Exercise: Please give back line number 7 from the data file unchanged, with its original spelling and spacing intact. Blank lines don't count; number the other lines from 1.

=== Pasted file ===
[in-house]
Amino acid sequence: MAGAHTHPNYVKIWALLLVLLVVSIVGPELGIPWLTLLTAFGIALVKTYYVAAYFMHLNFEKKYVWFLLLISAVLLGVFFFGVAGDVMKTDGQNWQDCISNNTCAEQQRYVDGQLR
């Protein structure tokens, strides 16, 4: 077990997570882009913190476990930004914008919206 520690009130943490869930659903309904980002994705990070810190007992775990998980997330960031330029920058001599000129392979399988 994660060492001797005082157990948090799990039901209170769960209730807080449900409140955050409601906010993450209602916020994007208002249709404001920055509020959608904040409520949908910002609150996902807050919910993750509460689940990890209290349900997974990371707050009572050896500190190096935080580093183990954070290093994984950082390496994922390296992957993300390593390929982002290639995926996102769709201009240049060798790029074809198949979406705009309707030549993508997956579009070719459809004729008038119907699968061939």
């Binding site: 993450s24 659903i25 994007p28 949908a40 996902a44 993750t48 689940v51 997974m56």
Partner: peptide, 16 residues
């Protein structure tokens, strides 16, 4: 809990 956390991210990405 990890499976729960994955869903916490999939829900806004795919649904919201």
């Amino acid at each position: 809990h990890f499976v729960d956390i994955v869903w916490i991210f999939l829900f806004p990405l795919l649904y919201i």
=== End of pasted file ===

């Amino acid at each position: 809990h990890f499976v729960d956390i994955v869903w916490i991210f999939l829900f806004p990405l795919l649904y919201i």